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How did Abraham go from Chelsea prospect to Blues star?

17:31 GMT+3 25/08/2019
Norwich vs Chelsea, Tammy Abraham, Mason Mount
What was the secret to the Anglo-Nigerian hitman's success as he scored twice to down Norwich City in the Premier League on Saturday?

By James O'Conners

On Saturday, Tammy Abraham got his critics off his back with his first senior goals for Chelsea, the club he joined 15 years ago as an U-8 academy player.

After a relatively good start to the season, despite criticism and even despicable racist abuse, Abraham was handed his second start for Chelsea having been used from the bench in the previous two matches.

Coming up against an attacking Norwich City side with very adventurous full-backs, Frank Lampard went for Abraham’s greater mobility and ability to stretch teams over target man, Olivier Giroud.

By full-time, he had former England striker, Peter Crouch, speaking on BT Sport, praising his display.

“The reason he was playing today was because he was pulling Norwich into areas they didn’t want to go. That’s his strength, but on the flip side I thought he held the ball very, very well."

It took under three minutes for the 21-year-old to open his account in blue.

With Kurt Zouma being aggressively pressed, Abraham moved out to the left to be an out-ball. His excellent backheel sent Mason Mount away into space, and when the ball was switch over to the right, Abraham had burst into the box and isolated himself against Norwich’s 19-year-old right back, Max Aarons.

When the cross came in, Abraham dropped into space and finished first-time with his right foot.

That goal was his 61st in his senior football, having notched 26 times for each for Bristol City and Aston Villa, and eight times for Swansea City.

Every single one of those goals has come from inside the box.

When Norwich equalised soon after though, it came after Abraham lost the ball in his own half. However, replays showed a certain foul on him by Ben Godfrey which was missed by referee Martin Atkinson.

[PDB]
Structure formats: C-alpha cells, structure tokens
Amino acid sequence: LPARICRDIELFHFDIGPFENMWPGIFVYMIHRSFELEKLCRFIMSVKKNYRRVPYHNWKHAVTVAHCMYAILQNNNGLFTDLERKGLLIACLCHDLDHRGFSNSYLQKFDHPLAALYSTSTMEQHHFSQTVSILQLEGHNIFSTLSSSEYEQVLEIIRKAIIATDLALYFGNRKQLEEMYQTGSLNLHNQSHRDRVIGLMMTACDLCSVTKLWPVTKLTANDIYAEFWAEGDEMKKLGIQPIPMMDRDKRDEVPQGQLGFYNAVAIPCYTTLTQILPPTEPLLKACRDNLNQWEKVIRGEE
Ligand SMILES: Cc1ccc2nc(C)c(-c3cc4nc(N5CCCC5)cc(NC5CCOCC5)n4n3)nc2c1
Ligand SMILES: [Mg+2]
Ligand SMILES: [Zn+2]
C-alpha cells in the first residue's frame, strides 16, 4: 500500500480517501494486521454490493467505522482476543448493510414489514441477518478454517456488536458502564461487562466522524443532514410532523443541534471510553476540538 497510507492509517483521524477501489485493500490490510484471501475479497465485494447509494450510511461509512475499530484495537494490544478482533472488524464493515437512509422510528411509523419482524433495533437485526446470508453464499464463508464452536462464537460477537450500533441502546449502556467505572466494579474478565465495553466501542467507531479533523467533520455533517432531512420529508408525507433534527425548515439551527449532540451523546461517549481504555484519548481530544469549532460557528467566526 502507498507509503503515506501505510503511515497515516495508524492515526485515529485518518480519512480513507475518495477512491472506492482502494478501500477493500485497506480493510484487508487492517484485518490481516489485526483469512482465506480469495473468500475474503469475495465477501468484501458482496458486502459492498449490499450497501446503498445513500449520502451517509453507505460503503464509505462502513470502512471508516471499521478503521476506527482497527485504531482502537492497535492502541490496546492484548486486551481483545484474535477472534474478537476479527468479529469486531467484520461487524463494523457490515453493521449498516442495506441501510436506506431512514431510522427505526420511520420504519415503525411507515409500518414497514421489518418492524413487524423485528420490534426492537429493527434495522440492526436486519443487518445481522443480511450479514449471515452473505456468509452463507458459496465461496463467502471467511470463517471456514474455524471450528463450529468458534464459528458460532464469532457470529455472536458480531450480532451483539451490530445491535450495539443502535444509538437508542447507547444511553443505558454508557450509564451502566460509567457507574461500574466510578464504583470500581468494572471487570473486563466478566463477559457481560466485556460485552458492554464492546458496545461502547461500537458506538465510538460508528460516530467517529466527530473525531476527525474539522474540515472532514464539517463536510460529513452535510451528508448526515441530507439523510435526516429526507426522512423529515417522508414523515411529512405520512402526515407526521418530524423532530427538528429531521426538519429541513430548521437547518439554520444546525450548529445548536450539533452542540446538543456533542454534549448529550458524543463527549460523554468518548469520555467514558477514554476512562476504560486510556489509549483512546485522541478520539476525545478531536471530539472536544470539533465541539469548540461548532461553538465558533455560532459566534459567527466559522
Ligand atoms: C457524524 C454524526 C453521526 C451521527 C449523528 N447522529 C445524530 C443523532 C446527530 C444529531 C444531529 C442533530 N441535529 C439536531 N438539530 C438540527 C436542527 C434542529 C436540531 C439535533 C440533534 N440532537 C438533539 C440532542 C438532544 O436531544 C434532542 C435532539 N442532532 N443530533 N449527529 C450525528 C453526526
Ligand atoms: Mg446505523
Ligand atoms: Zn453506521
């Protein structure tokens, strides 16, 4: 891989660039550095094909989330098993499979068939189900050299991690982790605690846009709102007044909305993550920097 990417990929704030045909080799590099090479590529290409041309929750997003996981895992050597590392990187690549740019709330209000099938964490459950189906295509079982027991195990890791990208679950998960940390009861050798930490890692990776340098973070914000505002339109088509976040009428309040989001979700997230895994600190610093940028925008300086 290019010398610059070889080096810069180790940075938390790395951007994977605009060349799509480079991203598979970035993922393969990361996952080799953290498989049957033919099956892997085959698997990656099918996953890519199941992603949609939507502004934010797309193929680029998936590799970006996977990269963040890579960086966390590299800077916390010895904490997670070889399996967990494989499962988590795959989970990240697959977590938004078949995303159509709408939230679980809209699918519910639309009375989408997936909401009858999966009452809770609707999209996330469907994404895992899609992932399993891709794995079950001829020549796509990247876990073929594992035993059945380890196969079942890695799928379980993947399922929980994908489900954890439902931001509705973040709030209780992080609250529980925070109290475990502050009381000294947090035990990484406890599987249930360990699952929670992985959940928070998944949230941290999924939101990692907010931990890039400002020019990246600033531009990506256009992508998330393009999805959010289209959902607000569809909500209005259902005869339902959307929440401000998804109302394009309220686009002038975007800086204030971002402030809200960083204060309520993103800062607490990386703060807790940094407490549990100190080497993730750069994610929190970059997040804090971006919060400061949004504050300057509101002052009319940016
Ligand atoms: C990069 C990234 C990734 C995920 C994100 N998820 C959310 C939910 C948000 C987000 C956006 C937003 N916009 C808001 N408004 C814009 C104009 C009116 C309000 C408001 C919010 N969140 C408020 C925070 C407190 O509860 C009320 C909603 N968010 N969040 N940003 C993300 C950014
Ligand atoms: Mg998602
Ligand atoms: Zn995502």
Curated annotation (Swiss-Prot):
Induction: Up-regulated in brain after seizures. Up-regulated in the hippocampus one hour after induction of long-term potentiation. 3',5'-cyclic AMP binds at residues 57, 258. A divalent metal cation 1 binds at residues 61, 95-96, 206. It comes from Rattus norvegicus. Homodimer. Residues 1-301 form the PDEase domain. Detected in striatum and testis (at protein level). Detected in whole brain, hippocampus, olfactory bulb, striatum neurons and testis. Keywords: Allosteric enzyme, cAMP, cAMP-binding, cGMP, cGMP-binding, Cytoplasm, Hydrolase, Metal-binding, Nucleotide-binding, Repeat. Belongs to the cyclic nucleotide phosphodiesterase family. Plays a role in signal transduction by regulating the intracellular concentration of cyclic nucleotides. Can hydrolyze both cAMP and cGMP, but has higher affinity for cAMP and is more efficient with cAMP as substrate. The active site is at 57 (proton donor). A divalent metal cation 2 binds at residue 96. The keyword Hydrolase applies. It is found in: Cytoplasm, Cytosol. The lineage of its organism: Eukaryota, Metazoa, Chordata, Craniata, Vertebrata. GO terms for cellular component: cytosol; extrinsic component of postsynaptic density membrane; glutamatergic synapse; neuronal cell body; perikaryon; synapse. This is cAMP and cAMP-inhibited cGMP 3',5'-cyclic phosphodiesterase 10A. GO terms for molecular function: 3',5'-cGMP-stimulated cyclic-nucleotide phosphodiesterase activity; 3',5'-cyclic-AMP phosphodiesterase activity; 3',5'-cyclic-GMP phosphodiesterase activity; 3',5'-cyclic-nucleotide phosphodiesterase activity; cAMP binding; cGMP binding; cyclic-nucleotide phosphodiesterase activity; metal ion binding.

Many of Chelsea’s best moments in the first half had Abraham strongly involved in the play. His lay-off set up Mount for a shot from range, then his ball around the corner set Mateo Kovacic away into space before the latter was pulled back.

Later on, there was another flick to Mount, who then tried a ball up the side of the defence which Abraham had not read.

That was the only moment where the duo weren't on the same page.

Another strong piece of play with his back-to-goal saw him tee up Mount to have a shot blocked, and Abraham’s follow-up effort was also charged down.

Once Norwich had levelled though, they became much more aggressive in their defending against Chelsea’s number nine. On a couple of occasions, he lost the ball under pressure although one was a risky tackle on him inside the box having initially fought well against both centre backs to hold the ball from Jorginho’s longer pass.

In the second half, Abraham was less involved in the play. He did manage one fine around-the-corner pass into Christian Pulisic’s path, but the American was muscled off the ball in a good position inside the box.

The game’s deciding moment was provided by the striker in the 68th minute.

As Chelsea counter-attacked, Abraham showed excellent movement to first stretch Norwich’s defence by motioning to run in-behind, then coming short to receive, cutting inside both centre-backs and firing in from 20 yards.

That was his first goal in senior football outside the 18 yard area.

In the 1-1 draw with Leicester last weekend, Abraham had blasted a shot from a similar position into the stands in the second half. Trying to improve his ability to score the occasional strike from longer range is something that is needed to round out his game.

In his punditry on Premier League TV, Tim Sherwood effusively praised the all-round quality of Abraham’s winning strike.

“When you take it across the centre of the goal,” the former Tottenham Hotspur coach began, “you can put it both sides. It’s his movement. 

“Abraham says: ‘I’m going to stretch you, I’m going to run you in-behind’. He scares the life out of Hanley. That is exactly why he is playing.

“If that was Giroud, they’re not worried about him in-behind. He’s got no pace so they would just defend high. It’s absolutely fantastic movement and a wonderful calm finish at the end of it. It’s great play.”

So far, Abraham has shown occasional immaturity in how he competes in duels, but many target-men-type strikers only mature later once they gain muscle and experience of how to use their body.

Some of his quicker one-touch link play in this game was very impressive though, especially when bringing Mount into the game.

What Abraham visibly does have are excellent fundamentals of forward movement, both inside and outside the box.

Adding finishing from longer range is new and shows what everyone should already have realised – Abraham is not the finished article and is still improving.

With good coaching and opportunities, it will be intriguing to see how far he can go.

In Lampard, he certainly has a coach who believes in him.